Tuesday, March 01, 2005

The WSJ on SMBs and Blogging

From the ongoing (and going and going) discussion on business and blogs, The Wall Street Journal has a nice article today on how small companies are using weblogs to get intimate with their customers. And that's really the point, isn't it? That despite the distance between our physical selves and our customers' physical selves, the Net can be our liaison for intimacy.

While the discipline of Public relations is necessary and fundamental for building brand awareness, private relations are mandatory for engaging customers, employees, partners, enemies, fans, and (one hopes) enemies-turned-fans.
Some eight million Americans now publish blogs and 32 million people read them, according to the Pew Internet & American Life Project. What began as a form of public diary-keeping has become an important supplement to a business's online strategy: Blogs can connect with consumers on a personal level -- and keep them visiting a company's Web site regularly.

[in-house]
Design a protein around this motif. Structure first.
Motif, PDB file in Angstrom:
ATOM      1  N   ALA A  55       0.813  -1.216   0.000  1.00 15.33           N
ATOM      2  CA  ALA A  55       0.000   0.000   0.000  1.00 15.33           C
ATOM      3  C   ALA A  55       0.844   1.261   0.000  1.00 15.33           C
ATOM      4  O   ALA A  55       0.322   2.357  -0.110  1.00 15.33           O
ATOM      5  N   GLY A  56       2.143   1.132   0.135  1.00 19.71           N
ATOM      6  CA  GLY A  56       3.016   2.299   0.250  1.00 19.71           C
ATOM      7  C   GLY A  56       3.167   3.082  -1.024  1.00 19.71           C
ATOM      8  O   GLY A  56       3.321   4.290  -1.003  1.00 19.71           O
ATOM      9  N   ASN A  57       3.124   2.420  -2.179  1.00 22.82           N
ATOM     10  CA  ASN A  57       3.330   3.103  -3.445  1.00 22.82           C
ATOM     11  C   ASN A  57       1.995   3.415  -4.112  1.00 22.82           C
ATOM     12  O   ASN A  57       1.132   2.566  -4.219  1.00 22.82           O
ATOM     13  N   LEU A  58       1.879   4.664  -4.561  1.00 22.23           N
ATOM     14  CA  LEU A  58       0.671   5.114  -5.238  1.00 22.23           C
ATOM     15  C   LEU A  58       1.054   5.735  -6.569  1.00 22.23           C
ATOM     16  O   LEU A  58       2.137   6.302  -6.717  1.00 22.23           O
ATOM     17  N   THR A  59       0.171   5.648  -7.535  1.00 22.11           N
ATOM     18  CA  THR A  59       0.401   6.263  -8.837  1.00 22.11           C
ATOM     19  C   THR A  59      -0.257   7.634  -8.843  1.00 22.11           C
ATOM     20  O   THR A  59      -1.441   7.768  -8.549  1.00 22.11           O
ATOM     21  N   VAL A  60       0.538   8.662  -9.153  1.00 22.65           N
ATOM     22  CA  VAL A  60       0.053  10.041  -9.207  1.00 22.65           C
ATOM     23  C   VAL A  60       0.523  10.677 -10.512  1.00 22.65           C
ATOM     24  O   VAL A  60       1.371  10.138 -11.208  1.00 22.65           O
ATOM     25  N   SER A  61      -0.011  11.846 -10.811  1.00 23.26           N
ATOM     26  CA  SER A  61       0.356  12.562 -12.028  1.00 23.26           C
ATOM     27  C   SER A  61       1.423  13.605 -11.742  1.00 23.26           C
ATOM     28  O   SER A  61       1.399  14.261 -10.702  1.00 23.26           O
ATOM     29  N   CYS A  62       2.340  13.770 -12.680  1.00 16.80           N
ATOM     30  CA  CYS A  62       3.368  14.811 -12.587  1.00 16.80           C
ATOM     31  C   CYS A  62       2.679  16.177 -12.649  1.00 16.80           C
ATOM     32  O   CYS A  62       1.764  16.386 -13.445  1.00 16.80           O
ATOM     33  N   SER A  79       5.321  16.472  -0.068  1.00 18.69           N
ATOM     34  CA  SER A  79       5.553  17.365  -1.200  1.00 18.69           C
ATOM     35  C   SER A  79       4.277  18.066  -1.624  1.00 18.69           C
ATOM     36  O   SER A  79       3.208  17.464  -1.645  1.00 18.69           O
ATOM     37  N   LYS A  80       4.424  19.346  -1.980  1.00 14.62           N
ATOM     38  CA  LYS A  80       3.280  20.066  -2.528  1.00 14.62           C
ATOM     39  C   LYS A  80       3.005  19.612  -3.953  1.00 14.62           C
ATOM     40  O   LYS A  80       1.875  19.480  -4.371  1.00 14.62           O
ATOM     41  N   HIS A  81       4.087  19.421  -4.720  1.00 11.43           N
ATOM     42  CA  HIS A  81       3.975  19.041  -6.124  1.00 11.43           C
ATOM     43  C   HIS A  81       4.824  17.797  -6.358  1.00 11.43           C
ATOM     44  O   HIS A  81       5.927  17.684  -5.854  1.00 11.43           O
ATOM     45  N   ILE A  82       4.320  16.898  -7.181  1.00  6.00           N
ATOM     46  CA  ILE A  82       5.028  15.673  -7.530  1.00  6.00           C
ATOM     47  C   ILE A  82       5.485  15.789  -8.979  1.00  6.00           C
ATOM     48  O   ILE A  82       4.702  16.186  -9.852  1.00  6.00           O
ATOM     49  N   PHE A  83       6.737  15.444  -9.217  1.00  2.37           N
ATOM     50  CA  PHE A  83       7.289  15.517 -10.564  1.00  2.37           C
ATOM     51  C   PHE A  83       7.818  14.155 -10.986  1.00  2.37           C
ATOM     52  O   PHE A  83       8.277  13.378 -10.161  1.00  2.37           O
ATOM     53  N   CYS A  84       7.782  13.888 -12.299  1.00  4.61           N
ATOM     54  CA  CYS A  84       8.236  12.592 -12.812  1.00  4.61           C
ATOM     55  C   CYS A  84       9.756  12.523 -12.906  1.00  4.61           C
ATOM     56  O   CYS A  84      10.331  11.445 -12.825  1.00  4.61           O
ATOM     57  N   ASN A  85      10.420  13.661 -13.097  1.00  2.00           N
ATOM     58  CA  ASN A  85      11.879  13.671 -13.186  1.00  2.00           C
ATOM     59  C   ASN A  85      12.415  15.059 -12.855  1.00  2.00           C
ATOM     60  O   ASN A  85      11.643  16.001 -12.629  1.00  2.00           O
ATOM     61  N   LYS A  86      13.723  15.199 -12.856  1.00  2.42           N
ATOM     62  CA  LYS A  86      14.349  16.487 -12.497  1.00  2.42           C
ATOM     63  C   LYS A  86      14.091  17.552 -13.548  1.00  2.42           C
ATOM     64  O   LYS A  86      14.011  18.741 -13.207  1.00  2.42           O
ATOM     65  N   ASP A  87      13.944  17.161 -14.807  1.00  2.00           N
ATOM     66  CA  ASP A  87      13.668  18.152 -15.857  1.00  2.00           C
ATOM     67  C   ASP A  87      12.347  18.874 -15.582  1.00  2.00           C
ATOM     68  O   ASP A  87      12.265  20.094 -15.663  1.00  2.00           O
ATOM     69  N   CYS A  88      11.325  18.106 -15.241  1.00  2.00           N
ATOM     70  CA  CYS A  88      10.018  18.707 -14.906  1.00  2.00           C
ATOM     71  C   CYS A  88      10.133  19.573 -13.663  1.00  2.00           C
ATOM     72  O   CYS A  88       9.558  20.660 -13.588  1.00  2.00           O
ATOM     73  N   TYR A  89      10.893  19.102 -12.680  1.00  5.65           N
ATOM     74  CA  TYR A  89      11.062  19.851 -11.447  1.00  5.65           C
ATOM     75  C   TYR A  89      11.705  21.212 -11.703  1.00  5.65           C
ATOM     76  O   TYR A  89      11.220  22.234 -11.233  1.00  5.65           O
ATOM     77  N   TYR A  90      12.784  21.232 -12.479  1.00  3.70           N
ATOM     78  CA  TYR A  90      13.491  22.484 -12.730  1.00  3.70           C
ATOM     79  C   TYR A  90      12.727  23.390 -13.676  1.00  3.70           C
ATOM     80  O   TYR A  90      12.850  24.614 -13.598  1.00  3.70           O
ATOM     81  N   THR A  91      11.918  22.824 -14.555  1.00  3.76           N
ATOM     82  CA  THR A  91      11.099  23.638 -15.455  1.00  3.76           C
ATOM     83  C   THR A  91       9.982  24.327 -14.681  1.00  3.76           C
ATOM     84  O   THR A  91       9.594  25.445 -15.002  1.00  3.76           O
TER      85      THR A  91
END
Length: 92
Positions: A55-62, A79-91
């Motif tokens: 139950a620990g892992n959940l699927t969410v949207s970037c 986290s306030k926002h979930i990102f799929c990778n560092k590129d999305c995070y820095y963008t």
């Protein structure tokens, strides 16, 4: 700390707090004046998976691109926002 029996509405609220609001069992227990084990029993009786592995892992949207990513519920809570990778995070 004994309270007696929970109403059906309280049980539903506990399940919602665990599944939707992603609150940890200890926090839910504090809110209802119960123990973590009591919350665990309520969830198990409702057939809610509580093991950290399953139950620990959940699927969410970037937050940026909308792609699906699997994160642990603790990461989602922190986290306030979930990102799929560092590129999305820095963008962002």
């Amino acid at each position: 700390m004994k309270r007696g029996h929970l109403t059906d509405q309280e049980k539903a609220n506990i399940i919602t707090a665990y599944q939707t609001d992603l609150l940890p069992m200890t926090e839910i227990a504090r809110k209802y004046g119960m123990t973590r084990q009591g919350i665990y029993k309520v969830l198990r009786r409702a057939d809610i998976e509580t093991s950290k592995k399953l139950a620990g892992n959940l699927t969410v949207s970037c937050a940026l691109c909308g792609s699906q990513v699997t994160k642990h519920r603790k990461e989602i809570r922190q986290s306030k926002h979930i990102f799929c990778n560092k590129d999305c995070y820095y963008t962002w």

I have always preached that business people throw their business cards away when they're blogging. Don't blog from your business card title. Blog as a human being with genuine interests who happens to work someplace FIRST. And please, take some risks.

Stonyfield Farms' CEO Gary Hirshberg enjoys the closeness the company's weblogs provide. [[Check out baby babble, for example]]:
Communication through a blog is "as intimate and personal as somebody sitting in your kitchen," Mr. Hirshberg says. "It's a great privilege to be able to have that kind of dialogue."
Other good quotes:
"'It's a new way of communicating, rather than marketing,' says Charlene Lee, an analyst at Forrester Research. Like other forms of publishing, blogs attract the largest audiences when they avoid overt commercialism and deliver compelling and credible content, Ms. Lee says."
Except, Ms. Lee's name is spelled Li, and she blogs here.

Comments: Post a Comment

Links to this post:

Create a Link

<< Home